Lesson Plan:

Sharing Expert Knowledge

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November 21, 2016
by Catherine Crider
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Grade
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November 21, 2016
by Catherine Crider

Learning Objectives

At the conclusion of this lesson, students will be able to write three facts about a topic, illustrate these facts, and provide an appropriate caption.

Lesson

Introduction (15 minutes)

  • Call students together.
  • Read How to Babysit a Grandpa to students.
  • Tell students that just like the boy in the story, they are experts in certain topics. As a class brainstorm a list of topics that students know a lot about. (This could include information about animals, foods, etc.)

Explicit Instruction/Teacher Modeling (10 minutes)

  • Choose one of the topics from the brainstormed list to write about as a class. (It can be fun to have people lobby for different ideas and have a class vote.)
  • Once students have chosen a topic, spend a few minutes talking about what students know about this topic to jog their memories.
  • Pass out Draw That Fact worksheets to each student.
  • Explain that the first thing students should do is to write down a fact they know about the topic on the lines provided. As a class, decide on one to write down.
  • Next, explain to students that they should draw an illustration for this fact in the box above the lines. As a group, talk about some possible ways to illustrate the fact they just choose. Have students draw a picture in the box.
  • After drawing the illustration, ask students to think about a possible caption for the illustration. Explain to students that the goal is to focus a reader in on the most important part of the illustration.
  • Decide on a caption for the illustration as a class and have students write it on the line below the drawing.

Guided Practice/Interactive Modeling (10 minutes)

  • Break students up into smaller groups.
  • Have each group finish coming up with the remaining 2 facts, illustrations, and captions.
  • Bring everyone back together to share what they have written. Do students have similar facts? How do the illustrations and captions differ? Do students have a preference for a particular type of illustration or writing style? Why?
  • After groups have shared, explain to students that they will now have the opportunity to complete their own <a href="Draw That Fact">Draw That Fact worksheets using the same process they have been using.
  • Remind students of any class rules and expectations for independent work times and also the specific goals for their work on this worksheet (three clear facts, illustrations, and captions about a topic they are an expert in). Ask if students have any questions before they head out.

Independent Working Time (15 minutes)

  • While students are working, it can be helpful to create a list of commonly requested words. This can be displayed in a prominent location in the room to help all students with spelling needs. Soft music playing in the background can help reduce the amount of side conversations and help students to focus on the task at hand. Instead of having students work at their desks or tables, it can also be fun to set up different work stations: computers for researching and publishing, books for researching and getting illustration ideas, and different tables with various art supplies for drawing illustrations.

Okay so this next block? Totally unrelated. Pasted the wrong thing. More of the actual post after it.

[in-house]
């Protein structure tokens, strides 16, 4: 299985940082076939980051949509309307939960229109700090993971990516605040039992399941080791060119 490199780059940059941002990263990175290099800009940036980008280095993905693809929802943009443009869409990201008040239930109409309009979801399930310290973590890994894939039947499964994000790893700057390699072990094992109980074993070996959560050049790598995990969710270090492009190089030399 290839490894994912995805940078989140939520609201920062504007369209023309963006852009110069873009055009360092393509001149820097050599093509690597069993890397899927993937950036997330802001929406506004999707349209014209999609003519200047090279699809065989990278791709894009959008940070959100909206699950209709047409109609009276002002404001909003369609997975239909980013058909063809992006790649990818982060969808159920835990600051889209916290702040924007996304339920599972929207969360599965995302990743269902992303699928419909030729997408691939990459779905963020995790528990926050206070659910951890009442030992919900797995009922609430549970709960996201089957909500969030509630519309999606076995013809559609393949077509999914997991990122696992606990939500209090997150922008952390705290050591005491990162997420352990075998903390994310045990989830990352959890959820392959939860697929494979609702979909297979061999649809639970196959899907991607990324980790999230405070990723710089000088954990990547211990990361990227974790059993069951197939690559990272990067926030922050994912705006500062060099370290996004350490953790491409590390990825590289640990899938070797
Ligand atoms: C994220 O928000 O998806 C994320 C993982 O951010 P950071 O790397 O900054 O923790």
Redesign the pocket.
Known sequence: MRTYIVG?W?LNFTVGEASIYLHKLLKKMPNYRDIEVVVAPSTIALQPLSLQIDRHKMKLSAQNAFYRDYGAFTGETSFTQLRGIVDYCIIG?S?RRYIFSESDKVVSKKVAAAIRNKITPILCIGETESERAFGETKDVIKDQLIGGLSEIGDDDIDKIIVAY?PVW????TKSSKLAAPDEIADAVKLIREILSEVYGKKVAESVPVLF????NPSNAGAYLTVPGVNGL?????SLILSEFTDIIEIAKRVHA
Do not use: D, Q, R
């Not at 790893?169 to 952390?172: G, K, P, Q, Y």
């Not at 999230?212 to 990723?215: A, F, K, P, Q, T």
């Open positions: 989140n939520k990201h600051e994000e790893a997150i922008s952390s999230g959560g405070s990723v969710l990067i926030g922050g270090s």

Extend

Differentiation

  • Support: For students who struggle with drawing, it can be fun to allow them to cut out pictures from magazines, newspapers, etc. It can also be useful to have students work as partners and provide a scaffold for one another.
  • Enrichment: To add a greater challenge, students can create diagrams instead of just illustrations. Students can also turn this into a real research project where they become an expert in something. After choosing a topic to learn more about, students can go to the library, find books, and choose three interesting facts to write, illustrate, and caption.

Technology Integration

It can be fun for students to publish their work by either typing it up and printing it out or sharing it on an online blog/class website. Students can also use computers (with adult support) as a way to research their topic and find pictures/illustrations.

Review

Assessment (5 minutes)

  • Student contributions to group discussions and in group activities can be used to informally assess whether or not students are engaged and grasping the material being presented.
  • Whether or not students are able to complete the <a href="Draw That Fact">Draw That Fact worksheet including three facts, illustrations, and captions can be used to formally assess whether they have met the learning objectives.
  • Assigning another <a href="Draw That Fact">Draw That Fact worksheet for homework can provide an additional opportunity to assess whether or not students are able to write three facts and draw appropriate illustrations and captions.

Review and Closing (15 minutes)

  • Call students together.
  • Allow students the opportunity to share what they wrote and drew on their worksheets. (It can be fun to make a special author’s chair for students to sit in when they share their work.)
  • Ask students what they really liked about what other people did. Why did they enjoy it? Were some illustrations and captions more useful than others? Is there anything they would like to add to their own writing after seeing what others wrote?
  • Finally, encourage students to think about who they may like to share their writing with. Would they like to share with a younger class or create a special exhibit? Part of the fun of writing is sharing it. Others should benefit from their expert knowledge!

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